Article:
Pierluigi Piu was born in Cagliari (Sardinia, Italy) in 1954 and he studied at the University of Architecture in Florence. Throughout his professional life, he worked in architecture, product and interior design, exhibitions and trade fairs production in Italy France, Belgium and England. Returning to Cagliari, his birthplace, he opened his own office focused on interior design and architecture, while still working on several projects abroad over the years. Between 2006-2007 he carried out the design of two commercial projects in London, for which he was assigned the Russian International Architectural Award 2007 in Moscow, the International Design Award 2008 in Los Angeles and the Archi-Bau Design Award 2009 in Munich, Germany, while, in 2011, he was awarded in Rome with the Compasso d’Oro, for his contribution to DOMO – 19th Biennial of Sardinian Arts and Crafts. In 2012 he received the Premio IED award from the international school Istituto Europeo di Design. Since 2009, he is one of the professional judges at Restaurant & Bar Design and is a member of Italian Accademia del Pensiero a Colori. Mainly based and working in Cagliari, he continues his professional career most particularly in the fields of private residences and of commercial space as well as working on overseas projects.
We caught up with Mr. Piu for a short, but refreshing Q&A on why design projects are like children, what impresses him in the work of fellow architects and what ignited his love of architecture.
INSPIRATIONIST: Where are you from and where do you live now?
Pierluigi Piu: I’m from Cagliari, the main city of Sardinia (one of Italy’s two main islands) where I’m presently based.
INSPIRATIONIST: What’s your background?
P.P.: I studied at the University of Architecture in Florence.
INSPIRATIONIST: How did you fall in love with architecture and why?
P.P.: When I was a kid I wanted to become a painter. Later on, when I was about 14, my father used to occasionally buy issues of the DOMUS magazine for me. I was totally fascinated by their content, I began to regularly buy them myself and couldn’t wait until a new issue was out the following month. The works of the world’s most important architects made me dream.
INSPIRATIONIST: Where do you spend most of your time, and what does a typical day for you entail?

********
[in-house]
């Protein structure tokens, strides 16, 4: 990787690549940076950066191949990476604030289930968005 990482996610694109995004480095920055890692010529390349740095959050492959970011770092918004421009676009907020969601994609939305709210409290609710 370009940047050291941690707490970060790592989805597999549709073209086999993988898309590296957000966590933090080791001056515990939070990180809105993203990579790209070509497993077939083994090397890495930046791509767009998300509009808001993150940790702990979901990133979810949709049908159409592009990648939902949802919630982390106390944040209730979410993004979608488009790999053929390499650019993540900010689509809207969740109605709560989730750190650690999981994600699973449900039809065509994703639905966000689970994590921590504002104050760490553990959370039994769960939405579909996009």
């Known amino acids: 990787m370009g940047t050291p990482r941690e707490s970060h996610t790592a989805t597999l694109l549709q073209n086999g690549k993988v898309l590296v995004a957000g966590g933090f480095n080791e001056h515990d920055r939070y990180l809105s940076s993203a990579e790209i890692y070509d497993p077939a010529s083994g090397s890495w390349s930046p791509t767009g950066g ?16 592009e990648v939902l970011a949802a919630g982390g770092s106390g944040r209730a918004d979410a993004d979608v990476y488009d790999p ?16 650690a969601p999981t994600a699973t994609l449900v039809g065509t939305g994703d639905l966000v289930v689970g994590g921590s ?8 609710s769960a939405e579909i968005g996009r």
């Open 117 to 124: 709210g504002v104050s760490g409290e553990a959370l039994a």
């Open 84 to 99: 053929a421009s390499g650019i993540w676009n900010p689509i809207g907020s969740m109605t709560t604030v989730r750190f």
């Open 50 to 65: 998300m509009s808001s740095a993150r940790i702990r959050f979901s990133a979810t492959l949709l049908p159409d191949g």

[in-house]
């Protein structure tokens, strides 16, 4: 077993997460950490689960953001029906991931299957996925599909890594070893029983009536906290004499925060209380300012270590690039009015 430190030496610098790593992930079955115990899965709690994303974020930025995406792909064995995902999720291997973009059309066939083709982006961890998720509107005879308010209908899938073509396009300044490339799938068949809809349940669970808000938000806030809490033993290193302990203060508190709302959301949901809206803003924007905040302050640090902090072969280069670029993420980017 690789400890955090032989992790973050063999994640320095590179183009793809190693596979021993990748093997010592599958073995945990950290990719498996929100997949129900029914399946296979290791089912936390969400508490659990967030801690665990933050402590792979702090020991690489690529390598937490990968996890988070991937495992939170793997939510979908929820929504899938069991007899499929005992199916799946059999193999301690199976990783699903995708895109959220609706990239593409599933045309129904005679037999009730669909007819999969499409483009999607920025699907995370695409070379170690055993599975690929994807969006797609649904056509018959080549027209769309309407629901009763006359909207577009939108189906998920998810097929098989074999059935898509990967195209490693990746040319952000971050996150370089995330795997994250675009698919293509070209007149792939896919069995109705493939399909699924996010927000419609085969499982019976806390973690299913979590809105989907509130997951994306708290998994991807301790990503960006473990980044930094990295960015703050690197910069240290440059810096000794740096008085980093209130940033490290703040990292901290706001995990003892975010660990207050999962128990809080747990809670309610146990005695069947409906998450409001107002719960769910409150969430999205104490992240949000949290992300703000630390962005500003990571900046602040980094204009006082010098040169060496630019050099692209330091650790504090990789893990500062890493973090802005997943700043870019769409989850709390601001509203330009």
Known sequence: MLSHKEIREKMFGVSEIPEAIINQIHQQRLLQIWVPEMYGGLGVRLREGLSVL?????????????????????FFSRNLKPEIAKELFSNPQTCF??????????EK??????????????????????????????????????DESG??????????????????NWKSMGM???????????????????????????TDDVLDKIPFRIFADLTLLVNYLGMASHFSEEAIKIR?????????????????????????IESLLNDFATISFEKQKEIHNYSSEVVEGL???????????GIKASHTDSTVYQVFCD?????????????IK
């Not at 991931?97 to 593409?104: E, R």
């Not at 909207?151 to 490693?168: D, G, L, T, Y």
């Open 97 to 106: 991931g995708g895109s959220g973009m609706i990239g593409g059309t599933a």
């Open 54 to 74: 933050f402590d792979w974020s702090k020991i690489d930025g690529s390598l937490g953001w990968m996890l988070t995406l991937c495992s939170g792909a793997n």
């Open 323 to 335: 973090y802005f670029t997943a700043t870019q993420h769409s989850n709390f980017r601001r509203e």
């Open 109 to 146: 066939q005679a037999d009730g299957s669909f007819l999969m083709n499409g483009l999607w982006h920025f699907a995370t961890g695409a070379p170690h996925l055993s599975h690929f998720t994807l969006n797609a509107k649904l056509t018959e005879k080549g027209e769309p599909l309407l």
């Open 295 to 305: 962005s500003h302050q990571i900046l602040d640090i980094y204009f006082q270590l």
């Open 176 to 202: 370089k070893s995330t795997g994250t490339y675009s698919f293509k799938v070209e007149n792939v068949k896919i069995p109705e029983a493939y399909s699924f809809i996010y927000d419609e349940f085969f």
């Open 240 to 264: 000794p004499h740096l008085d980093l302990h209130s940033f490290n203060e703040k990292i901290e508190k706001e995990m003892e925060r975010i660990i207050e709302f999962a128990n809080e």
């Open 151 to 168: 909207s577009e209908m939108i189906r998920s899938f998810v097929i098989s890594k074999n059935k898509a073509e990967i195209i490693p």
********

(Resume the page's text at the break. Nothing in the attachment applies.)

P.P.: At home, trying to get rid of work today in order to have a free day tomorrow….but, can you believe it? tomorrow never comes: every day is today!
INSPIRATIONIST: What is your favourite part of your job?
P.P.: When I see my project taking shape in the building phase.
I think I’m becoming more and more ‘anecdotal’.
INSPIRATIONIST: Can you describe an evolution in your work from when you began until today?
P.P.: I think I’m becoming more and more ‘anecdotal’.
INSPIRATIONIST: If you had to choose one single architect who has provided a source of inspiration for you personally – who would it be and why?
P.P.: Oh, they are too many! Impossible to mention one only. However, what generally impresses me is genius and simplicity. Tadao Ando, for example, certainly performs both, but he’s not the only one.
What generally impresses me is genius and simplicity.
INSPIRATIONIST: Which is your favourite building?
P.P.: Once again, I haven’t a favourite one, but anyone who resolves the architectural program with an unexpected proposal impresses me.
INSPIRATIONIST: Which of your designs is your personal favourite and why?
P.P.: Like with children (which I do not have), the last one is always the favourite, no matter whether it is a building, an interior or a product design. Why? Because unlike with children, it makes you anxious to work on the next one.
INSPIRATIONIST: How do you unwind?
P.P.: I just push a dedicated button located behind my left ear.
INSPIRATIONIST: What kind of music are you listening to at the moment?
P.P.: The noise, in the silent night, of my overheated computer’s ventilation fan.
INSPIRATIONIST: What is your favourite colour?